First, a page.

【连载】胸怀“大中华”的棋王——谢侠逊(5)

 

The True Chess King --- Xie Xiaxun. Part 5

Author: 木门先生 from 木门斋 (Recluse of the Wooden Door)

Translated by Jim from www.xqinenglish.com, with permission from the author.

(五)Xiangqi encounters in both North and South to become the Commander of Xiangqi

In 1922, Xie Xiaxun was sent to Beijing for some official business. He had some free time and went to visit the central park where he found several people playing Xiangqi. In Xie’s autobiography, it was said that one of the players was Zhu Qi(朱琪 Hanyu Pinyin zhū qí) who happened to be chairman of the Beijing Daily Newspaper Workers Union (北京日报工会). His opponent was Li Maoxian (李懋仙 Hanyu Pinyin lǐ mào xiān)who was one of the elite from Guangdong. One of the spectators was the chief monk of the Xi Shan Temple in Bejing, and another one of the spectators was a young military officer from Jiangsu called Fei Mianqing (费绵钦Hanyu Pinyin fèi mián qīn). Zhu had the upper-hand in the match. The onlookers agreed that Zhu had the advantage. Xie could not resist the urge to analyze the position on the board. Kibitzing is never allowed in Xiangqi and is considered to be basic etiquette, and Xie was of course well aware of it. That was why he asked the players on the board if he could voice his opinion. And because of this simple request to express his opinion, Xiangqi would become unified in China.

The players and the onlookers were naturally curious and allowed Xie to voice his opinion. Li Maoxian was especially ecstatic as Xie’s analysis was to his advantage. Zhu immediately challenged Xie, saying that if he could turn the tables, Zhu would treat him to lunch. Xie’s skill was a notch above the rest and easily turned the tables, winning the bet. It was at this time that the players and onlookers realized that a real king of Xiangqi was in their midst. Zhu was true to his word and treated Xie to a sumptuous meal, whereby after lunch, Xie was invited to have a simultaneous match the players and one of the onlookers. It was quite an enjoyable experience for both Xie and his newfound friends.

Amongst the onlookers, the young military officer Fei Mianqing was to cross paths with Xie again. In 1926, Fei traveled to Shanghai for work. Fei was an interesting person himself. Upon asking the opinion of many famous people in Xiangqi circles of that time, Fei took it upon himself to pen a telegram, recommending Xie to be the Chief Commander of Xiangqi in China. The telegram was to be published in the newspapers and Fei’s sense of humor and delightful writing immediately caused an uproar in the world of Xiangqi. Soon, people all over China were clamoring for Xie to become their Commander in Chief!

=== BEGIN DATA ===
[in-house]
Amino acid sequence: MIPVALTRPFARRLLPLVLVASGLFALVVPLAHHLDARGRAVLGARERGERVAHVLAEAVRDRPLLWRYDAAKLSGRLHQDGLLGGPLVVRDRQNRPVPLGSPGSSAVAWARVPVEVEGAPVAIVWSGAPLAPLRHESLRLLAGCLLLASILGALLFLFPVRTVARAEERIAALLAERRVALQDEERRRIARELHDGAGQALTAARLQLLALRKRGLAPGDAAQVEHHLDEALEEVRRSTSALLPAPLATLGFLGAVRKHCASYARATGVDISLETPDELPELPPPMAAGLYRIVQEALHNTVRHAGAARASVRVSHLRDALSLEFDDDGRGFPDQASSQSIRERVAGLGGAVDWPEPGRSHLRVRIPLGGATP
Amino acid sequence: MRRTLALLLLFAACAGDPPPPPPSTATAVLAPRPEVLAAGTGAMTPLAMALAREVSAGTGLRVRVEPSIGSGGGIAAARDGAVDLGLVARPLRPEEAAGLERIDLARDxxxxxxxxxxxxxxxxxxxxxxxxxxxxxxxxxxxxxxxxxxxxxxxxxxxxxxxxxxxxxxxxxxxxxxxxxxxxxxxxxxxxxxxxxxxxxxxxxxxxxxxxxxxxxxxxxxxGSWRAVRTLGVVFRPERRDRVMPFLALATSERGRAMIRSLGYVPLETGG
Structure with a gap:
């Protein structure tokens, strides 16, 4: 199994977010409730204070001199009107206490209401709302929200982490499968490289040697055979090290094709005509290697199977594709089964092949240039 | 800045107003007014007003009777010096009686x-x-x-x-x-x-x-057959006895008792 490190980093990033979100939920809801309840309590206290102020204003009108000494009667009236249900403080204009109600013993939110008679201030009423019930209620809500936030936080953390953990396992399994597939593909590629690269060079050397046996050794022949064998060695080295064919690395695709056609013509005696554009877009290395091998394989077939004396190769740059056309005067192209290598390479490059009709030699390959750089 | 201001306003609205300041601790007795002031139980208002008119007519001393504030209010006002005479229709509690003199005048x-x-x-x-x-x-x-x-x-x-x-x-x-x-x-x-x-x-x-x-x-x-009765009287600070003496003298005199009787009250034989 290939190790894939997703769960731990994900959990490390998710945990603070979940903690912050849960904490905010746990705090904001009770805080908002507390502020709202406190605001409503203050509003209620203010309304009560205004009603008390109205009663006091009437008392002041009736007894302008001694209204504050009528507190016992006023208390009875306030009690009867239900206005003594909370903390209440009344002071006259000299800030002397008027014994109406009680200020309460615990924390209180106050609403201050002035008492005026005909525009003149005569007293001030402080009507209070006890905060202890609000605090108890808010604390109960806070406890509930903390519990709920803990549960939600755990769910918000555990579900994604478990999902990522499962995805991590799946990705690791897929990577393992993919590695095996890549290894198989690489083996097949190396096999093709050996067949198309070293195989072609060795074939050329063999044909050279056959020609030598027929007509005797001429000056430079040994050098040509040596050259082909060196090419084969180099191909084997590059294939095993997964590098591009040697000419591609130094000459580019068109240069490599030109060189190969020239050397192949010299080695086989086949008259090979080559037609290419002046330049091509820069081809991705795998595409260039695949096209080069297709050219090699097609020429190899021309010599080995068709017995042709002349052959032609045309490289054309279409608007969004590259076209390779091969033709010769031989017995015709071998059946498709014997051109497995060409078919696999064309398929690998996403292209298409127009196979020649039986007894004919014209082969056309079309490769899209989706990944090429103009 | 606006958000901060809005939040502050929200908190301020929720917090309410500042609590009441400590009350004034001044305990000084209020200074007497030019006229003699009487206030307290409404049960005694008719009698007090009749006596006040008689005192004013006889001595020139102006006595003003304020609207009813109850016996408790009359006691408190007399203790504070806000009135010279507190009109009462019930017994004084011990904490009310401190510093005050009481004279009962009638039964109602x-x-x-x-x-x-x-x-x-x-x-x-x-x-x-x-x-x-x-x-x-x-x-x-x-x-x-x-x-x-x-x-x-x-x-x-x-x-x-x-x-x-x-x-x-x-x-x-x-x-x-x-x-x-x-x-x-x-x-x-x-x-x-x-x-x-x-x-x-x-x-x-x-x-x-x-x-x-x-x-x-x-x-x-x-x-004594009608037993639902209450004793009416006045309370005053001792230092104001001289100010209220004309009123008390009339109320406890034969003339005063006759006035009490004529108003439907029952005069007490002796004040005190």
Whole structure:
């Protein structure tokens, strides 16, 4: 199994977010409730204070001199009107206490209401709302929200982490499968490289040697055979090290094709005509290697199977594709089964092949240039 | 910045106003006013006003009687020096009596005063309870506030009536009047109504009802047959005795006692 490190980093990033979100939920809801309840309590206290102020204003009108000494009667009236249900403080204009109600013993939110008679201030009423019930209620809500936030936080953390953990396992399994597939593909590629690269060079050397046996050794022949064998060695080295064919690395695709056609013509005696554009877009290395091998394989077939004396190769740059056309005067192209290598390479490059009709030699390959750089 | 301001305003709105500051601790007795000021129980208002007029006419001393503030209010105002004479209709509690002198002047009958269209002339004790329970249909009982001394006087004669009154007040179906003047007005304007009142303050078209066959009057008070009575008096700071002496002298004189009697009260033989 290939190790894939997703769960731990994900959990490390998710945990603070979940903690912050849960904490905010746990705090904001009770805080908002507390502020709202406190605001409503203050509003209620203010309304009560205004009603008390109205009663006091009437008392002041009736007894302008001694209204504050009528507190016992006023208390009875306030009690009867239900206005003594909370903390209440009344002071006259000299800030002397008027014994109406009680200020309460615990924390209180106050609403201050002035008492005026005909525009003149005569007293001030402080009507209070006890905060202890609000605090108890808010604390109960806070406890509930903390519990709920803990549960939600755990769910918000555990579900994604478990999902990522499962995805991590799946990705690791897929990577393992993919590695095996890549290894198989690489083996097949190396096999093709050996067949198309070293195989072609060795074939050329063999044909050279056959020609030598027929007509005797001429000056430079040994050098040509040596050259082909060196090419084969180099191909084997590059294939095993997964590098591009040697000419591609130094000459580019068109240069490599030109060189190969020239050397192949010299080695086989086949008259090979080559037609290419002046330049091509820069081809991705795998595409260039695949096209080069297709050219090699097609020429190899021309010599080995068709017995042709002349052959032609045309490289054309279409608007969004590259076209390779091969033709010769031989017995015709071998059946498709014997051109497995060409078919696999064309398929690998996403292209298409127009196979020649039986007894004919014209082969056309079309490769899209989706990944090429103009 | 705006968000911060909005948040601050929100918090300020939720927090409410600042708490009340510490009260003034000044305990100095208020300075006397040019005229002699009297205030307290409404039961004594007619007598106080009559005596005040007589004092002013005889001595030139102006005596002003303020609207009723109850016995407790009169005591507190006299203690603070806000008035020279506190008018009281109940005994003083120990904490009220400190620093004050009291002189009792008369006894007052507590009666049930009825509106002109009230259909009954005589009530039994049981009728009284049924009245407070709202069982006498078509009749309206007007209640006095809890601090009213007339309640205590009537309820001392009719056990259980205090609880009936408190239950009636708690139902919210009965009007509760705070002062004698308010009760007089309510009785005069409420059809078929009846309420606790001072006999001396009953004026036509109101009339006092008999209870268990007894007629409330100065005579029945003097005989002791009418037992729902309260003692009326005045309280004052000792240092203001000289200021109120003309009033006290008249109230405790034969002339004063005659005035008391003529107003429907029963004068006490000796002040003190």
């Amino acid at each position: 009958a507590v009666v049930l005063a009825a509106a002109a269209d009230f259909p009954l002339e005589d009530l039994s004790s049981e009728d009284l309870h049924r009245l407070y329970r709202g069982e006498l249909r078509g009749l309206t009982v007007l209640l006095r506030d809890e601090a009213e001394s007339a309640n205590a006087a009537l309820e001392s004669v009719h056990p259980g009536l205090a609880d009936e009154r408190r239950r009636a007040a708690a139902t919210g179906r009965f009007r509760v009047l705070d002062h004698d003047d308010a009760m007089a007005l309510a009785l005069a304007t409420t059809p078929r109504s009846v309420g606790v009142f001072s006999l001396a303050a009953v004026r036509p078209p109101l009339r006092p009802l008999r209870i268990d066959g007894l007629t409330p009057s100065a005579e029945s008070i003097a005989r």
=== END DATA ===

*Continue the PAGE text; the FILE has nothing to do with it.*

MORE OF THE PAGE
There was a very detailed description in Xie autobiography. Xie could not refuse the calls for him to take up his position. So, on the 2nd of February in 1927, he issued a ‘telegram’ in response that was published in Shanghai’s New Trendy Newspaper (《时事新报》). In that ‘telegram,' Xie told the world of Xiangqi that he had taken up his new title as the Chief Commander of Xiangqi. In reply to Fei’s humorous letter, Xie even issued orders, mimicking the Kuomintang style at that time, to appoint important Xiangqi players to different roles in his ‘army’. What was surprising was that the Xiangqi players that he appointed all assumed the roles that Xie had given out. Never before had the Xiangqi community in China been so unified and it showed the status of Xie.

After assuming the role of Chief Commander, Xie would accidentally stumble into the world of International Chess. Xie’s initial encounter with International Chess had a lot to do with a Dane called Charles Kliene (葛麟瑞) who had lived in China for many years and was an expert in the customs and habits of the Chinese. He was also an expert in International Chess and was also fascinated with Xiangqi. Through a twist of fate, Xie and Kliene met, and the two soon became fast friends. Kliene would learn Xiangqi from Xie, while he would introduce International Chess to Xie, teaching him the basics and giving Xie pointers in International Chess. Kliene would also be instrumental in admitting Xie into the Shanghai International Chess Club at that time. Xie’s induction into the Shanghai International Chess Club would prove invaluable in his trips to South-east Asia.

In 1919, Singaporean Chinese Xiangqi expert Zhang Zhaolan (张兆兰 Hanyu Pinyin zhāng zhào lán) was very impressed at Xie’s skills and decided to invite Xie Xiaxun to South-east Asia.

South-east Asia would refer to a region southeast of China that was made up of several countries and regions. For centuries, Chinese merchants had done business with different parts in the region, and some would finally settle down in their new-found homes, bringing Xiangqi together with them and introducing the game to the locals. It can be thought that the Chinese living in South-east Asia enjoyed the same oceans and played the same game!

After much arrangements, Xie was finally ready for his first trip to South-east Asia in 1935. But Xie would not know that the voyage to South-east Asia would change his life forever!

 

To be continued…
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